[Before/After] How I edited the vintage Trolley Car

After visiting the wonderful Illinois Railway Museum in Union, IL a couple of weeks ago, I was able to try my talents at capturing a few vintage trains and trolleys. The real reason for visiting was to take my 2 year old son to meet and ride Thomas the Train. One of the photos I was able to snap is of this old trolley. You can see the original image and the end result from my post-processing here. Continue reading if you’d like to learn how I edited this vintage trolley car photo and to see the black and white version. 

How I shot it

The challenge in tourist attractions is getting good shots, not getting in people’s way, and keeping up with your group. The trip was more for my son than me, so I didn’t emphasize my interest or attempts at getting good shots. Ideally, you setup the shot before you take it. Instead, I kept aware of potential compositions as I walked and shot in sort of a run and gun approach. As I was walking with my family, I periodically stopped to take a quick shot with little time to consider composition. Don’t get me wrong, I thought about composition as I observed potential photos. I just didn’t take my time to frame my shots as I was walking. 

In shooting this shot, I considered the Rule of Thirds and leading lines for my composition. The reality of the shot is that my composition wasn’t quite the Rule of Thirds, but I ended up cropping it to fit better. I also timed my shot as I walked for an attractive angle of the moving trolley and with minimal people in the shot. Finally, I cropped out other distracting objects like traffic cones that were intended to direct people walking. 

The gear used was:

  • Canon 7d Mark II
  • Sigma 17-55mm f/2.8 lens

Camera settings:

  • f/7.1
  • 1/400
  • 40mm
  • ISO 100

Initial corrections

Click to enlarge

Before I spend any major time on my photos, I apply lens corrections. This helps correct for lens distortion, chromatic aberration, and other imperfections in the lens I used. Next, I attempt Capture One Pro’s auto corrections, but I’m never satisfied with the results. I use the auto corrections to get me part-way to the end result. 

I always focus on the color version of a photo first, then duplicate it, and make the duplicate black and white. This gives me both versions to use and prevents me from duplicating work.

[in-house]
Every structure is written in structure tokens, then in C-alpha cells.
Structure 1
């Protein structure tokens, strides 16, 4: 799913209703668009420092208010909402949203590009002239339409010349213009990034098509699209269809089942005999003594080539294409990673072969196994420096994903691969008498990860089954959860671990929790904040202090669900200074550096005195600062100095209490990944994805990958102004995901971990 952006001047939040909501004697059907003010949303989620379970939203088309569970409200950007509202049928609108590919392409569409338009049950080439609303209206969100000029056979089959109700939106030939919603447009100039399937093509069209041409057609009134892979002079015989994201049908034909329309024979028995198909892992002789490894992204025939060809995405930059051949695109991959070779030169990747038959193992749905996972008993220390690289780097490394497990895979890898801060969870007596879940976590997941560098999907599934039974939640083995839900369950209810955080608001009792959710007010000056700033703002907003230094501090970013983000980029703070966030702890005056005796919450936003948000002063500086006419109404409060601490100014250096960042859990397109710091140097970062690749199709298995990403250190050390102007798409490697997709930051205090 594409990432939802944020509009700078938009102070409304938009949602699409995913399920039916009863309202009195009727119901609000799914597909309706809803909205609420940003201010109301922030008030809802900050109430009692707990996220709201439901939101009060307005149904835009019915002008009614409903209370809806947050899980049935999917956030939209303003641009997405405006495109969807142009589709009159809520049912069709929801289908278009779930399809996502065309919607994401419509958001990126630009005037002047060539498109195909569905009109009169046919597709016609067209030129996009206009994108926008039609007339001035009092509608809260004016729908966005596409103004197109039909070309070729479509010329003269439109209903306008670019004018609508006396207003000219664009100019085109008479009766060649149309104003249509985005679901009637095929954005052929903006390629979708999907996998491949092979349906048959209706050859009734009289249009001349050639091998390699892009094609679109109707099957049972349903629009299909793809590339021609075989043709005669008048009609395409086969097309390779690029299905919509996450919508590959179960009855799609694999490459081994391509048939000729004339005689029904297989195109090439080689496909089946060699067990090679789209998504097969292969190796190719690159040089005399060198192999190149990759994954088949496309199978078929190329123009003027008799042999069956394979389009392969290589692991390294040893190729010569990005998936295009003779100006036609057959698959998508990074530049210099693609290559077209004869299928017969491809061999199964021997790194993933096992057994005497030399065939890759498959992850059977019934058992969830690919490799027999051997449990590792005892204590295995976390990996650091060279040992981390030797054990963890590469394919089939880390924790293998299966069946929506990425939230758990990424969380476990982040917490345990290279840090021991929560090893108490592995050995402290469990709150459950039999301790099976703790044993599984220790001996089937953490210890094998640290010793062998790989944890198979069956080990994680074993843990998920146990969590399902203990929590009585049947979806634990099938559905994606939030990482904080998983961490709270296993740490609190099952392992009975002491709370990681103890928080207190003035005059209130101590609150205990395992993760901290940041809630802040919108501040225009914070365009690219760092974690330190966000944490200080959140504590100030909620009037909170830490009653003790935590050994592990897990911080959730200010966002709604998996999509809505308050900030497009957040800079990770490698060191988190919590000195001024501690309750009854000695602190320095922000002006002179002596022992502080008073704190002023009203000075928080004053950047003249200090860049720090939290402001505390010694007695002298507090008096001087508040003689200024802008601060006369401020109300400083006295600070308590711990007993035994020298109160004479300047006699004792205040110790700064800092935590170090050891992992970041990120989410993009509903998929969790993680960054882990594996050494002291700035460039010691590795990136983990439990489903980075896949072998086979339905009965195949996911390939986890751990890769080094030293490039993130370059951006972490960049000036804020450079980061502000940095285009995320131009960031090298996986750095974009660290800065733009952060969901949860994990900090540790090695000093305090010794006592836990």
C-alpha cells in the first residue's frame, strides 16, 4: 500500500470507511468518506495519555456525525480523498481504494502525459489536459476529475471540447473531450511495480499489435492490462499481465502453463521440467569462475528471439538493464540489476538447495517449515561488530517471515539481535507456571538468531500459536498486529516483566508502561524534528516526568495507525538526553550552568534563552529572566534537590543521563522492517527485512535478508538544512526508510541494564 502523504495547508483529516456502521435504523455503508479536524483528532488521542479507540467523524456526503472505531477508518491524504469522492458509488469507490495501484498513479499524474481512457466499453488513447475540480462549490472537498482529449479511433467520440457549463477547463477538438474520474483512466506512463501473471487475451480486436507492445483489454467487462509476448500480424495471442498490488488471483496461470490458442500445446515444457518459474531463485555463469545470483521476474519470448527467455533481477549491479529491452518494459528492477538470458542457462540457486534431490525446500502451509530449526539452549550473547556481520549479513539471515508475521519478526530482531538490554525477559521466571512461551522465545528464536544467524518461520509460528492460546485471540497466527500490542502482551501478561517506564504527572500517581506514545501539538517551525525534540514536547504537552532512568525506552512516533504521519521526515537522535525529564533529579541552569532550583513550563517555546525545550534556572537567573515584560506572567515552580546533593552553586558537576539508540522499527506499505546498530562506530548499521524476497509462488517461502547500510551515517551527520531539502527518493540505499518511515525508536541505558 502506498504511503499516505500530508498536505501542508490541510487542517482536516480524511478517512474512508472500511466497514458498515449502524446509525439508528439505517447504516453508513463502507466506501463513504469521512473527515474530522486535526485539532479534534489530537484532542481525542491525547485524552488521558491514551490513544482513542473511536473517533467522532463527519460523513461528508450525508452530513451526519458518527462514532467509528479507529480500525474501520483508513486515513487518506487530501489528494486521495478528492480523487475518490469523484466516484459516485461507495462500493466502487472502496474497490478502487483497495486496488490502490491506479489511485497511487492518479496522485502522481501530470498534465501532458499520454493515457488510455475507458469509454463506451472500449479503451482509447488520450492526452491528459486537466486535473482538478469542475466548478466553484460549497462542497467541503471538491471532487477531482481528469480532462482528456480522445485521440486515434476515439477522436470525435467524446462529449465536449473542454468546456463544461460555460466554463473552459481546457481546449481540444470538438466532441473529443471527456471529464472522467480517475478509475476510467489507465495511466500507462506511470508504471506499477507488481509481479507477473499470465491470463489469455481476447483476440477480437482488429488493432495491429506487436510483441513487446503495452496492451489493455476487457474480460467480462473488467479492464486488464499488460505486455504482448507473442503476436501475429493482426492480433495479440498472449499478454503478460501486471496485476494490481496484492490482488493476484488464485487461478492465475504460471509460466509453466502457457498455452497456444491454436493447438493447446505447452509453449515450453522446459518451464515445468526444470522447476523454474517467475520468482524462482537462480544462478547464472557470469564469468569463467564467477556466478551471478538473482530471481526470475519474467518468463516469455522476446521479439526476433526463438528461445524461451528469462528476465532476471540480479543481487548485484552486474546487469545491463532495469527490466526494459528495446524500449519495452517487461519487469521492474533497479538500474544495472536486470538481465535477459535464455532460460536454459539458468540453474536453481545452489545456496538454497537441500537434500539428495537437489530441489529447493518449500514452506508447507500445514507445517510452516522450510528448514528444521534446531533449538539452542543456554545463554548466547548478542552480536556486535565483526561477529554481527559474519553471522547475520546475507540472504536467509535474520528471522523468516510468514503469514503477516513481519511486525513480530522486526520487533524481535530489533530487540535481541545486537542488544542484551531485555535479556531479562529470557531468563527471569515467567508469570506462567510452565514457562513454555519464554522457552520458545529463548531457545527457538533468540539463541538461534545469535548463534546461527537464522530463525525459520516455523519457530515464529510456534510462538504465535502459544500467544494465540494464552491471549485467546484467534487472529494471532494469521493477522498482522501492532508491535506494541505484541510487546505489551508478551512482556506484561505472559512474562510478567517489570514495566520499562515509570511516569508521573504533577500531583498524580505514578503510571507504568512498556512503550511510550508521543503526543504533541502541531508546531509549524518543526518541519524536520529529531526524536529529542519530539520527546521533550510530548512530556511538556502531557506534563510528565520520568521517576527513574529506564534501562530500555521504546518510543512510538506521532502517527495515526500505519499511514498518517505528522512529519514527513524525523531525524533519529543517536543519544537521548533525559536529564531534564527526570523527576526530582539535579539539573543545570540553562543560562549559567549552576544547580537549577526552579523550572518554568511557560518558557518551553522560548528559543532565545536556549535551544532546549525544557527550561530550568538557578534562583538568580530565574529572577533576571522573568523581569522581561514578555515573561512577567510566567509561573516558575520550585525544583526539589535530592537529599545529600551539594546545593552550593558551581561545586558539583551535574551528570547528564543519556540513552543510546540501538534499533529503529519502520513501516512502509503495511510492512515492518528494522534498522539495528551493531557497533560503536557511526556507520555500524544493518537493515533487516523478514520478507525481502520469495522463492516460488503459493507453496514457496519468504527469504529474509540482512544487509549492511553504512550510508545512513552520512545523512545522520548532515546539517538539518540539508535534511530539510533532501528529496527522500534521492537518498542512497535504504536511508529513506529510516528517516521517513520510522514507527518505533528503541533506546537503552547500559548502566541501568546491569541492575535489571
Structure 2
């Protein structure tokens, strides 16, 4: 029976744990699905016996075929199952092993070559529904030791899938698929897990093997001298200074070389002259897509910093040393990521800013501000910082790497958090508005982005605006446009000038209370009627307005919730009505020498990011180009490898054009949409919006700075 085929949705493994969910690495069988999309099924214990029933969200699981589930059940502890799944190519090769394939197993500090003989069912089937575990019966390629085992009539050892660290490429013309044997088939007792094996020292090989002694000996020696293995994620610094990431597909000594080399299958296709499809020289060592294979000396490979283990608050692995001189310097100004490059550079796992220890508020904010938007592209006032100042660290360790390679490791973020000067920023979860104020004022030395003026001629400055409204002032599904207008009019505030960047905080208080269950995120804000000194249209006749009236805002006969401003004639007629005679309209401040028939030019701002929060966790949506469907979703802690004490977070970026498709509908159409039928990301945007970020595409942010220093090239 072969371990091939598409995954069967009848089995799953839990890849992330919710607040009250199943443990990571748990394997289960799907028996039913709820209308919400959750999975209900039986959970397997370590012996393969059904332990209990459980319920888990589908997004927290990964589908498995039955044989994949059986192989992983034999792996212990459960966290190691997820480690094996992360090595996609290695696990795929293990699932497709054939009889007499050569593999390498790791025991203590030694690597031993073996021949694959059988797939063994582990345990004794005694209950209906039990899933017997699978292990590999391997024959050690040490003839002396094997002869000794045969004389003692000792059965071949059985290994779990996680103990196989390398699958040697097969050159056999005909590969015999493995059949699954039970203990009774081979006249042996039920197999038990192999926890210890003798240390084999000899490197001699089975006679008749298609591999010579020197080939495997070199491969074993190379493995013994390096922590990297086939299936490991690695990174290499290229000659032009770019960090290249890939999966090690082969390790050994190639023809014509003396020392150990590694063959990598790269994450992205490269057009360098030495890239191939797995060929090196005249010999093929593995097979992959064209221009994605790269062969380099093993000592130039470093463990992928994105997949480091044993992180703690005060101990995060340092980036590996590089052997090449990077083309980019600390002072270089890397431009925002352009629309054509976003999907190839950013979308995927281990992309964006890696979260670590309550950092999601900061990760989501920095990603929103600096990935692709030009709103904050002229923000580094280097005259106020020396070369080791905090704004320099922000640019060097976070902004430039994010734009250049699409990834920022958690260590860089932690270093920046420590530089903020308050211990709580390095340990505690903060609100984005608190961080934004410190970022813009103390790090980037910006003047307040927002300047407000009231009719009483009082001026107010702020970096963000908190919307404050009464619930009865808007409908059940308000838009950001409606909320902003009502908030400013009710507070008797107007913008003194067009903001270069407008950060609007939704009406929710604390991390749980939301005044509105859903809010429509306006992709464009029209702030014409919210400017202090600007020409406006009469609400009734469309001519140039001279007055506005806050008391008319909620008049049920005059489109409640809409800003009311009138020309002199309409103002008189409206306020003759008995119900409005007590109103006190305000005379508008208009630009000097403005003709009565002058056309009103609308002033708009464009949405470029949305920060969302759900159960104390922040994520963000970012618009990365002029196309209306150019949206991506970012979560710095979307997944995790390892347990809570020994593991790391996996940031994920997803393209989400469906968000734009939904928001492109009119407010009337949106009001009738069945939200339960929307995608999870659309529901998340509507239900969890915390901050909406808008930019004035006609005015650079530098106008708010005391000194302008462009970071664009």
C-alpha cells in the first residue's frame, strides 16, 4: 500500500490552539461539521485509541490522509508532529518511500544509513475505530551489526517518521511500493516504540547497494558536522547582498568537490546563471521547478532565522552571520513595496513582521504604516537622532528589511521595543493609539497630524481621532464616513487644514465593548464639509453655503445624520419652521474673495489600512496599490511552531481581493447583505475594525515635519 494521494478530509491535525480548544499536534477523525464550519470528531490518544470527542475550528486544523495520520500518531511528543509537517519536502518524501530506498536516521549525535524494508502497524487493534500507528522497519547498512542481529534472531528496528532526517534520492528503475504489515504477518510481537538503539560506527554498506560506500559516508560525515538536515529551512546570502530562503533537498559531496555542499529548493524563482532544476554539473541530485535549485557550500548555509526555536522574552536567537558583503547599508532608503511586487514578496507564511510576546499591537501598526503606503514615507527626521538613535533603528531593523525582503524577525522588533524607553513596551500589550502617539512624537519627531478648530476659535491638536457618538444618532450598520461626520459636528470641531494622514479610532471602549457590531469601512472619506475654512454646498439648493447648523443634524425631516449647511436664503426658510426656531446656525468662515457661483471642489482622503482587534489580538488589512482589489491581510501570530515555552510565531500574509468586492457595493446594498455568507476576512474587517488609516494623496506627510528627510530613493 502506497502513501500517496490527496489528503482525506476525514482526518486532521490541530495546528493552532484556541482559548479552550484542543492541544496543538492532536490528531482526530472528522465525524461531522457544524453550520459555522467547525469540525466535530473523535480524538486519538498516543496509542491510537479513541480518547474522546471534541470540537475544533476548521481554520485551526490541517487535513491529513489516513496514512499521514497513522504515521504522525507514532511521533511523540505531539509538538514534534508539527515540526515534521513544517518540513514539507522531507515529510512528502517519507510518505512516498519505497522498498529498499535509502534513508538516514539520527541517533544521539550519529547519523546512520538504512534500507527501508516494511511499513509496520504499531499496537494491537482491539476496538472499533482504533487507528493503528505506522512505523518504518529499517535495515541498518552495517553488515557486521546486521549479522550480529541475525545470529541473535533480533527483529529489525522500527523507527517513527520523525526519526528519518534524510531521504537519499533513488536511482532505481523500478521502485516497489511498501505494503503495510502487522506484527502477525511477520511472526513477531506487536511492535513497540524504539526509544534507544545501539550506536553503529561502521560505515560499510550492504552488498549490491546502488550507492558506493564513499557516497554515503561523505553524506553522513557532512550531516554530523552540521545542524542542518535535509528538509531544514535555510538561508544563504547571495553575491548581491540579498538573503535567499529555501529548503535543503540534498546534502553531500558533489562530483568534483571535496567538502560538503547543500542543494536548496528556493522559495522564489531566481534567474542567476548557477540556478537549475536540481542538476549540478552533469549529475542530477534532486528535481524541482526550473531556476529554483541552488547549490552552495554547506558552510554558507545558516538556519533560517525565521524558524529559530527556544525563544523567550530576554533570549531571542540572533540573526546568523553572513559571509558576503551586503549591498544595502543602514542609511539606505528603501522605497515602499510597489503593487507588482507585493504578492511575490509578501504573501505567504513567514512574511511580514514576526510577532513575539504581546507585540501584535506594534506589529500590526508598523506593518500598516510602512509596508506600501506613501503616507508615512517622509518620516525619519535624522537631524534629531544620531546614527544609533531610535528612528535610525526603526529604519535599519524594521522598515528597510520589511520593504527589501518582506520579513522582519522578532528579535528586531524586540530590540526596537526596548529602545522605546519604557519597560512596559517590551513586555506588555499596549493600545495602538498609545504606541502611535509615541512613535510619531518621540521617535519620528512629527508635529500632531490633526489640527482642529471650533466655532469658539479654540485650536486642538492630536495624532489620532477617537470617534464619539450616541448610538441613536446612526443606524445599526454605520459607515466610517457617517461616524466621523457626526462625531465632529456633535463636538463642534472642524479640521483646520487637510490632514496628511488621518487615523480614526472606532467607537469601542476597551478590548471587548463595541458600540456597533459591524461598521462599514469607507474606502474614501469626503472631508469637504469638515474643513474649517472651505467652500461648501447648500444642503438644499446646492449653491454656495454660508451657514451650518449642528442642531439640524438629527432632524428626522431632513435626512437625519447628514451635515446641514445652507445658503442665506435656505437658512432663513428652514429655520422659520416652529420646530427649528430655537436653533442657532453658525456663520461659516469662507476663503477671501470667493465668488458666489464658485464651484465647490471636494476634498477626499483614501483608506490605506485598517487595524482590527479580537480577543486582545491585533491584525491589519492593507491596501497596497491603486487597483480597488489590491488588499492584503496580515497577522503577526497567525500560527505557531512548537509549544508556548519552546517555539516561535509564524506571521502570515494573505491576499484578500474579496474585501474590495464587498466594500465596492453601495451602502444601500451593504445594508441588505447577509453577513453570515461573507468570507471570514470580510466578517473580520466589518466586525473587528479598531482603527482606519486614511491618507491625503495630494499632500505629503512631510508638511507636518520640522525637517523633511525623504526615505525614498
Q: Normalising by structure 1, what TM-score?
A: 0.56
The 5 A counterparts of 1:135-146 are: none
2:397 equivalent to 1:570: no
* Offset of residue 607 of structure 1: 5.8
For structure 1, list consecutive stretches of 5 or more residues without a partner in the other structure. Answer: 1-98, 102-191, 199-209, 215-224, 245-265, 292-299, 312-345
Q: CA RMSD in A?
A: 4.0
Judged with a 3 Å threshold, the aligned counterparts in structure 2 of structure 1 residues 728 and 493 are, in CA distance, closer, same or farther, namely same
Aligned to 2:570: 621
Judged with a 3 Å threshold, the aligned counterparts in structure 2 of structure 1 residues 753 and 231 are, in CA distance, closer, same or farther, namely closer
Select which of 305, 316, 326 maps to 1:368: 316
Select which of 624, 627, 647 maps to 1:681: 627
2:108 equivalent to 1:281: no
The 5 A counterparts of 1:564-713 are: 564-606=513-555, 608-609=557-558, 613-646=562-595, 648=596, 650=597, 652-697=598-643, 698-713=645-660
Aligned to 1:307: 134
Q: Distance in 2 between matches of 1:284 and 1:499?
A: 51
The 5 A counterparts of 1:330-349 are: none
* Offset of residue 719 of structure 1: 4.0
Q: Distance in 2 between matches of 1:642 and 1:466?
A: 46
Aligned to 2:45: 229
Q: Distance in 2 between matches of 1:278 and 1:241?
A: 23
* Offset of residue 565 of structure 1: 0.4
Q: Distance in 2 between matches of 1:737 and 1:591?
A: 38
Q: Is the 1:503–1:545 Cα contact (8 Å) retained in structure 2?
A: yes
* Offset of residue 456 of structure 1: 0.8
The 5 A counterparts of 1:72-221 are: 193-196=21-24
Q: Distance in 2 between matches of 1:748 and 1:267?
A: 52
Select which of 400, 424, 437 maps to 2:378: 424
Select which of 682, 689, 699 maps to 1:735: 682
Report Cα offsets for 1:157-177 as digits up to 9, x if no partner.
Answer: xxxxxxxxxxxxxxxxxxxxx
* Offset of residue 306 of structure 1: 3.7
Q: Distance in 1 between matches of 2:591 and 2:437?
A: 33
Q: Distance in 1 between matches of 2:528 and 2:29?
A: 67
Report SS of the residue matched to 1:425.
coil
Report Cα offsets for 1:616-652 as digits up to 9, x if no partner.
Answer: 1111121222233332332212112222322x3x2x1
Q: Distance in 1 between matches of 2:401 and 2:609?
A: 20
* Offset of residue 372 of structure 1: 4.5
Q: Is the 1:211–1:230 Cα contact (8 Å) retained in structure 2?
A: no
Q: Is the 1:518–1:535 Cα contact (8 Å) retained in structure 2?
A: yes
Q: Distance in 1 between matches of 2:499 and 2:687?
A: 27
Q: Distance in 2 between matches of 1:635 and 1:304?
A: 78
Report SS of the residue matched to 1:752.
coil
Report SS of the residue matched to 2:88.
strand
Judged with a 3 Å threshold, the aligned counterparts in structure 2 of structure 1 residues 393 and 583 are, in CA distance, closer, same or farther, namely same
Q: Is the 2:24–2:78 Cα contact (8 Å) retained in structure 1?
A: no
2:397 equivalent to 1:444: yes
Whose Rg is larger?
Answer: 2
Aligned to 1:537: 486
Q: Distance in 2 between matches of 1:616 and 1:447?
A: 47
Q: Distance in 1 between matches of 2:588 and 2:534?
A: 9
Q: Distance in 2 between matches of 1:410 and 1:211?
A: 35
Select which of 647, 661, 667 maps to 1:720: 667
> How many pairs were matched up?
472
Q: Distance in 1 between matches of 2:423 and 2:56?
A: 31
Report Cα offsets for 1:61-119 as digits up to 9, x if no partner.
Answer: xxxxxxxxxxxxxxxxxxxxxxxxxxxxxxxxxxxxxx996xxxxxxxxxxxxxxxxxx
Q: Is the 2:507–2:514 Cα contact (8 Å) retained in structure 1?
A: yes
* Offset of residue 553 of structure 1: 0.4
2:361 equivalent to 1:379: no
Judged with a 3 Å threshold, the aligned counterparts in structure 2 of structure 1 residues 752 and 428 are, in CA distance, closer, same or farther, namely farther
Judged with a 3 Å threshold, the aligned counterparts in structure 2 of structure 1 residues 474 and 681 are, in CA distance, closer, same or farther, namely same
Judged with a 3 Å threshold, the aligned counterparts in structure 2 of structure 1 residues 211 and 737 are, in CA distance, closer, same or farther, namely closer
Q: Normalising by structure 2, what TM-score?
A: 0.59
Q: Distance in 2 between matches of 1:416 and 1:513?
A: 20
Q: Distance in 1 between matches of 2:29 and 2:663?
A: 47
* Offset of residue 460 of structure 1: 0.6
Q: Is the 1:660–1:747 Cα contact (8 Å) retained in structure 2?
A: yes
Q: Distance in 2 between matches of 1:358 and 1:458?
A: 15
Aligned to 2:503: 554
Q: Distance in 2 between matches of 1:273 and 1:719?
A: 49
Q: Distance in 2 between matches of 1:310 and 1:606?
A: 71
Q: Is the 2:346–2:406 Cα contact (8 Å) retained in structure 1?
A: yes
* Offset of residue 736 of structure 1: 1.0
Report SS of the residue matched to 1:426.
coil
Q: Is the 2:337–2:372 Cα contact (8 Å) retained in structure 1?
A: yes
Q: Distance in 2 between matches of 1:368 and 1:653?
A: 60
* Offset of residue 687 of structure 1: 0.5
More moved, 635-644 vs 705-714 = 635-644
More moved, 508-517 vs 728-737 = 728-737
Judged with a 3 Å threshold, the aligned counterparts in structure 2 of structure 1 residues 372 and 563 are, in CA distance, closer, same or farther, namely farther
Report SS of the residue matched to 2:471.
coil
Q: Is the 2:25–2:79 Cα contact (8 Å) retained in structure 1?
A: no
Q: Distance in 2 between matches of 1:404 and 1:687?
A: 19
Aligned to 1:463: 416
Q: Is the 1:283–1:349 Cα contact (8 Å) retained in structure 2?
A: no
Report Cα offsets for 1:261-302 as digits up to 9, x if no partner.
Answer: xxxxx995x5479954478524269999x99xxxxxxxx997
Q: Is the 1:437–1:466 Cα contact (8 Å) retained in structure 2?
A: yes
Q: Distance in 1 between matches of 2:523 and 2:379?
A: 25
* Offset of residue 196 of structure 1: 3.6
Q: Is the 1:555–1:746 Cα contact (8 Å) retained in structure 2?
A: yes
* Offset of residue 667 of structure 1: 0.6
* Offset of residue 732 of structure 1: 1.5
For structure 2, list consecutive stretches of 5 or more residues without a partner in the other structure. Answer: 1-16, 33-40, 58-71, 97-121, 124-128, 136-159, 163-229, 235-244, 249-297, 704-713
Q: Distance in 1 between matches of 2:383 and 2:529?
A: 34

To the left, I shared a screenshot of my exposure settings. Clicking the screenshots will open them at full resolution. You can see I boosted contrast slightly, but pushed highlight recovery and shadows significantly. I also boosted saturation slightly and added clarity and structure to bring out the finer details. 


In order to get the vintage film look, I raised the blacks and pushed the highlights. This produced a slightly faded look in the color photo. I also adjusted two additional points in the mid tones to get a more even contrast. Without this, much of the photo looked too bright and flat. 

Converting to Black and White

When switching to black and white, I used the color channels rather than a basic black and white toggle/conversion. Using color channels gives you more control over the outcome of the black and white image. All color photos contain red, green, and blue (RGB) color data. Mixing these colors produce every other color. When you increase the red color data, everything red gets brighter in a black and white image. The same is true when you decrease red. The same idea also applies to green and blue. Many photo editing applications provide you with more control than just red, green, and blue, however. Capture One Pro, which I use, provides red, yellow, green, cyan, blue, and magenta color data tools. 

Click to enlarge

In the color photo, the trolley is red with yellow accents. The scenery is bland grey for the most part. This photo offers little with regards to demonstrating impressive controls using the color channels, but I still retained more control over the finished image than using more consumer-friendly methods. 

I decreased the red slightly in this photo to darken the trolley and increased yellow to brighten the accents. This created more contrast on the trolley without affecting much of the rest of the photo. I also darkened the blue and cyan to add contrast to the sky. Interestingly, there is very little magenta in the photo. Making changes to this slider produced little noticeable affect. However, increasing it significantly did add some accents to help separate the trolley from the background. 

Adding a hint of color

Click to enlarge

To add to the vintage and film look of this photo, I decided to add some color to the photo’s shadows. I did this by using split toning. I used Capture One’s split toning tool to add 18% saturation to the shadows and moved the hue to a red/orange color cast. Being at just 10% saturation, the added color is subtle. It’s not overpowering over the image, but still adds a warmth to the photo and compliments the vintage styling as well. 


Final touches

Once the look and feel of the photo was established, I added a vignette. Although it’s not always indicative of vintage film, most people today associate a vignette with vintage film. It’s trendy and trendy is dangerous in that it will date an image or make it irrelevant in the future. On the other hand, it attracts viewers now. When I add a vignette, I try to make it subtle. In this image, I went slightly beyond subtle into a more noticeable vignette. Again, this is for trendy reasons and not typical for my style. 

Finally, I looked over the exposure settings one last time and made minor adjustments. The look you go for can sometimes alter how you want the photo exposed when it’s black and white. Often, black and white photos have more contrast. 

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